By the time the judge, Nicolás Zambrano, issued his decision, the case had been going on for eighteen years. It had outlasted jurists on two continents. Zambrano was the sixth judge to preside in Ecuador; one federal judge in New York had died before he could rule on the case. The litigation even outlasted Texaco: in 2001, the company was subsumed by Chevron, which inherited the lawsuit. The dispute is now considered one of the nastiest legal contests in memory, a spectacle almost as ugly as the pollution that prompted it.
Chevron, which operates in more than a hundred countries, is America’s third-largest corporation. Its annual revenue, which often tops two hundred billion dollars, is nearly four times as much as Ecuador’s economic output. The plaintiffs, who named themselves the afectados—the affected ones—included indigenous people and uneducated settlers in the Oriente; some of them initially signed documents in the case with a fingerprint. They were represented by a fractious coalition of American and Ecuadoran lawyers, most of whom were working for contingency fees. An environmental lawsuit against a major corporation can resemble a war of attrition, and in 1993 few observers would have predicted that the plaintiffs could endure as long as they did. But, on February 14, 2011, their persistence was rewarded. Judge Zambrano ruled that Chevron was responsible for vast contamination, and ordered it to pay eighteen billion dollars in damages—the largest judgment ever awarded in an environmental lawsuit.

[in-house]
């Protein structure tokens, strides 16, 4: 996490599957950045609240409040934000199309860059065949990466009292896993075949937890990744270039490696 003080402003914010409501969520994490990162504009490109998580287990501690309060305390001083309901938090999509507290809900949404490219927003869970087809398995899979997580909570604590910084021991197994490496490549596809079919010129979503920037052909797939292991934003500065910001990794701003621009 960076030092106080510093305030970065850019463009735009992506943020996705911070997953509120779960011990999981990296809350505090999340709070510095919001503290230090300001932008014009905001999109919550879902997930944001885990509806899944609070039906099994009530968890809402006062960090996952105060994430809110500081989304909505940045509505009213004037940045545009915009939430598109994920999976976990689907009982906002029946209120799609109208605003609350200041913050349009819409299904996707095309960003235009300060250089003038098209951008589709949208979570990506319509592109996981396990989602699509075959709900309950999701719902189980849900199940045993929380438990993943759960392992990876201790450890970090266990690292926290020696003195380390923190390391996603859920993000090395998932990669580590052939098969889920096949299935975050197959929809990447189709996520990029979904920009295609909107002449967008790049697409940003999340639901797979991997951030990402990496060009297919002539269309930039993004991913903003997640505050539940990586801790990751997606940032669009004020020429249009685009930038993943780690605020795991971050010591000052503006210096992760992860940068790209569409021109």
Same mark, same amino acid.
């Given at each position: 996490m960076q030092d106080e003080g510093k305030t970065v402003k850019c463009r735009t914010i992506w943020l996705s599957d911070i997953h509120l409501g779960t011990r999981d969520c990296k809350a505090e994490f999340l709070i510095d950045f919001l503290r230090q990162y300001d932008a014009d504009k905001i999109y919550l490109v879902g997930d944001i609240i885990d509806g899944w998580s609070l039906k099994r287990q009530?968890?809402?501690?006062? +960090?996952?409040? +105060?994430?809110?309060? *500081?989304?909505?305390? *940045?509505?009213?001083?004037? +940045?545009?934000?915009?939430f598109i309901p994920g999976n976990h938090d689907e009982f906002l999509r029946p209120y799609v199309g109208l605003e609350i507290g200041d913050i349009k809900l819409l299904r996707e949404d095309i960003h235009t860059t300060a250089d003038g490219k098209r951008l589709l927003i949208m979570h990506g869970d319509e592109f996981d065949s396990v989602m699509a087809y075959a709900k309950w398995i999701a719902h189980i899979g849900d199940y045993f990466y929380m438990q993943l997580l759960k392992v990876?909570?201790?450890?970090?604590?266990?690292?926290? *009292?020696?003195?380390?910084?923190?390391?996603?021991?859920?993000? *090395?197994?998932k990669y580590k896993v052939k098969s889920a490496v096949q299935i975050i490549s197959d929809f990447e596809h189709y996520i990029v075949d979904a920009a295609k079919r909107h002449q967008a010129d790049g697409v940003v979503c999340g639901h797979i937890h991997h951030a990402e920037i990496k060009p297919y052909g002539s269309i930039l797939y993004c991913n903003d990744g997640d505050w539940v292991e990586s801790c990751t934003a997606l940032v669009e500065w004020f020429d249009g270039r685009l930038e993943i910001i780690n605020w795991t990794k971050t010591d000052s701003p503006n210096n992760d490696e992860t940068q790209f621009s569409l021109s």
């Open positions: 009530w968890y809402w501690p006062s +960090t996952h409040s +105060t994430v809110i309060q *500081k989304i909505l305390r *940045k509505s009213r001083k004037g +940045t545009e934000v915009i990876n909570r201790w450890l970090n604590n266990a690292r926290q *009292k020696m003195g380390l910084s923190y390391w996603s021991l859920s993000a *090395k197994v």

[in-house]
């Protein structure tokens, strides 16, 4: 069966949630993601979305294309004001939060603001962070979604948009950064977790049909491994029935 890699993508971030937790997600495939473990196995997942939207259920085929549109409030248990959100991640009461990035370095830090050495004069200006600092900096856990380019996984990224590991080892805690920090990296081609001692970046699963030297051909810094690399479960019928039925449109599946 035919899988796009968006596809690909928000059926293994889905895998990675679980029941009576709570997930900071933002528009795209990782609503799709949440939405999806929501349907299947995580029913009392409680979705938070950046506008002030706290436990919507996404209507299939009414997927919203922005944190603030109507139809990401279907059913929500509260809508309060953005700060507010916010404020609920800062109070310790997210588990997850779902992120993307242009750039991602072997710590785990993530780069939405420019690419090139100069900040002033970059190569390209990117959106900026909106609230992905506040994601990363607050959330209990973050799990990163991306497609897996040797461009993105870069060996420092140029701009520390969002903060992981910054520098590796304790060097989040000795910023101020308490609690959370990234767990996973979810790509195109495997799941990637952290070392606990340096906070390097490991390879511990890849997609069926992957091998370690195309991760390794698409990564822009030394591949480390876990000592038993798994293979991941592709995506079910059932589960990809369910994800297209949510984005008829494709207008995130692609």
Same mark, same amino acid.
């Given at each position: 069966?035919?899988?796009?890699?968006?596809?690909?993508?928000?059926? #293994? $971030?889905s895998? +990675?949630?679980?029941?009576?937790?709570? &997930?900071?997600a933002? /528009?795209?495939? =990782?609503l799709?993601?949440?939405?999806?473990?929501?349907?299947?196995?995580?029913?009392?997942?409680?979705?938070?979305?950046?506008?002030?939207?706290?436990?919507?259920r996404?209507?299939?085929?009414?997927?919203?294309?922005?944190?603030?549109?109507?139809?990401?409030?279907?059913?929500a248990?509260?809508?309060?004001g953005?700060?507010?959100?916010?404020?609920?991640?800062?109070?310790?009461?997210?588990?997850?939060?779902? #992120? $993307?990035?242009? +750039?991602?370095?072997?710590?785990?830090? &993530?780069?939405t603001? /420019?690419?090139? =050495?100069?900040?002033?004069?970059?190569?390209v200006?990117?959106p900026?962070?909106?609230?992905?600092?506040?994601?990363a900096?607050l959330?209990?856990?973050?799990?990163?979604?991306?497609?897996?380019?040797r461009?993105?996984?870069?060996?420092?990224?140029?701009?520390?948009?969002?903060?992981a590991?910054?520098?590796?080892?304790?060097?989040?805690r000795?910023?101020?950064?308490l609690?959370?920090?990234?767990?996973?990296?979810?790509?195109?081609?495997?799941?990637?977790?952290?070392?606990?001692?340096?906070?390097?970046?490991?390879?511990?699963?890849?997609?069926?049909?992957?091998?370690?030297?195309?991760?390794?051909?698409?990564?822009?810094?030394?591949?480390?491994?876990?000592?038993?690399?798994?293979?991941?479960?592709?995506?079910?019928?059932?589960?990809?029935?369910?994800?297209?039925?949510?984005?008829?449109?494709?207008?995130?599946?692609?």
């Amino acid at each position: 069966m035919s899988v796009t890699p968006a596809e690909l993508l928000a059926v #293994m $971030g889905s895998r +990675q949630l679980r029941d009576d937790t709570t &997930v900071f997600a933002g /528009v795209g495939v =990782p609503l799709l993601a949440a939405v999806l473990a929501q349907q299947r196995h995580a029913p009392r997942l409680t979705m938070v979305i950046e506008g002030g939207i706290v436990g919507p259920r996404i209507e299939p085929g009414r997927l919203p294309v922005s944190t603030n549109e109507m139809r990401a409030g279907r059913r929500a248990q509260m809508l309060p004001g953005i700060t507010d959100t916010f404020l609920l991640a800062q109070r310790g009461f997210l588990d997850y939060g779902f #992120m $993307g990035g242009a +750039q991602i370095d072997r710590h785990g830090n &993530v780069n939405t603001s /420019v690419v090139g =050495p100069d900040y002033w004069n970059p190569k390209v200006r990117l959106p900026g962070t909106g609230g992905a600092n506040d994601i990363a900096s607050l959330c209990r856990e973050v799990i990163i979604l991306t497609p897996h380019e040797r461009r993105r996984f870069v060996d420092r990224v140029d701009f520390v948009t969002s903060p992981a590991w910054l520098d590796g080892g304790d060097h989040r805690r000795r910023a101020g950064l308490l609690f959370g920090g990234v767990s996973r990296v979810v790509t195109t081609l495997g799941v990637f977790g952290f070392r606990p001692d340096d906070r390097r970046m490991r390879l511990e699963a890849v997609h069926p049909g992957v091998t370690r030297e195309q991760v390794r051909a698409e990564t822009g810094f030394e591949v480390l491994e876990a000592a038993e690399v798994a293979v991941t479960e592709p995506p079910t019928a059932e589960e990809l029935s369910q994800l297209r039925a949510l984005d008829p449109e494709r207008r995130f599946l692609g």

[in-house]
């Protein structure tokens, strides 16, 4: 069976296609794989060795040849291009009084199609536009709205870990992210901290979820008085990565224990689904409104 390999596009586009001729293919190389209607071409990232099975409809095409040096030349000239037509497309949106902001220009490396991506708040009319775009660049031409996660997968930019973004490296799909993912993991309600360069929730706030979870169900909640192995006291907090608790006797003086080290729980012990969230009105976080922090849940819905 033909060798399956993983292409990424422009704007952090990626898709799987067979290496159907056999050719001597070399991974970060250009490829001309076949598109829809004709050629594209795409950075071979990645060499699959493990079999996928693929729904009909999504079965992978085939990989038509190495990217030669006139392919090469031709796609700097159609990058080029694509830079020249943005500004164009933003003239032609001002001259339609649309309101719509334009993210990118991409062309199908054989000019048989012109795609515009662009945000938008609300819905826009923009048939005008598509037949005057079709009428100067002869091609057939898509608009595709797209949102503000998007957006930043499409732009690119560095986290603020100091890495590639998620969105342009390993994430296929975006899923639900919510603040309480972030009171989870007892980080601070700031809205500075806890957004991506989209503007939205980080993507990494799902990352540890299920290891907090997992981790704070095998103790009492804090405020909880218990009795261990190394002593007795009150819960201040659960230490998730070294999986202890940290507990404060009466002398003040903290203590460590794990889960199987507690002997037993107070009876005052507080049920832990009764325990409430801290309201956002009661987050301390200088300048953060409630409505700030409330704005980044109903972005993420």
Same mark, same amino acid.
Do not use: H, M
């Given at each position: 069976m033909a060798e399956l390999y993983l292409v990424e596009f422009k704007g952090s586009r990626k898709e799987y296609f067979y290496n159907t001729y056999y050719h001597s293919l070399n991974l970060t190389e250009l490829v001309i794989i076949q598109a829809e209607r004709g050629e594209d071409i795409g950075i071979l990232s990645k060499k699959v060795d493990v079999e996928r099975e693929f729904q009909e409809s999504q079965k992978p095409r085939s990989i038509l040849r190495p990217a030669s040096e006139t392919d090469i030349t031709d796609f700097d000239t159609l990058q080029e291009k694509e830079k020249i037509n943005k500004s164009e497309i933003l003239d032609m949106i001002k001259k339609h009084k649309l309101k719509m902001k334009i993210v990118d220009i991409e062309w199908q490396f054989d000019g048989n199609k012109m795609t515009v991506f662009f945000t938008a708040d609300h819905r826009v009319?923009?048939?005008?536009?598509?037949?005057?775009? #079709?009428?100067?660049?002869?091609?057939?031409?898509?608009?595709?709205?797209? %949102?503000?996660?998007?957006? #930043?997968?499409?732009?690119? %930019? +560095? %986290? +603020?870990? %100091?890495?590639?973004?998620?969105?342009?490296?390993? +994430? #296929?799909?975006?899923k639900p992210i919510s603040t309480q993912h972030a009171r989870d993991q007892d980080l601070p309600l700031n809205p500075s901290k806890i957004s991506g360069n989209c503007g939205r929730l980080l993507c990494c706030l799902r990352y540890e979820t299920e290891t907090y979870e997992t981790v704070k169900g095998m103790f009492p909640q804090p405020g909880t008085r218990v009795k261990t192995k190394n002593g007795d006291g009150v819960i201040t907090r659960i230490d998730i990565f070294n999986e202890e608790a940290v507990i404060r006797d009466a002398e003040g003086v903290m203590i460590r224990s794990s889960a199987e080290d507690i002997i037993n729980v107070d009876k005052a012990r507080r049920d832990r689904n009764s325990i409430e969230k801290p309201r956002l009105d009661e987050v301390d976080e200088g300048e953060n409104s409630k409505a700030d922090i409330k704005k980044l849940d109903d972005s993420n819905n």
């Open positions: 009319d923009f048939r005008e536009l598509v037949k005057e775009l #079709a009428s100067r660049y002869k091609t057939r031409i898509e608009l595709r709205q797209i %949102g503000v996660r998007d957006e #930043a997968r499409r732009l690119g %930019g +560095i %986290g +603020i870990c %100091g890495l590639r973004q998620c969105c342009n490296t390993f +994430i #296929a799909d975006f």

It was an extraordinary triumph, particularly for one of the plaintiffs’ lead lawyers, a tenacious American named Steven Donziger, who had been a key figure in the case since its inception. Donziger speaks Spanish, and for years has shuttled between Ecuador and New York. “This trial is historic,” he has said. “This is the first time that a small developing country has had power over a multinational American company.”
Chevron categorically denies the charges made in the lawsuit, insisting that it bears no responsibility for pollution in the Amazon and that Texaco’s operations were “completely in line with the standards of the day.” A Chevron spokesman told me that “there is no corroborating evidence” of adverse health effects related to oil development in the Oriente, and blamed “trial lawyers” for “perpetuating false information.”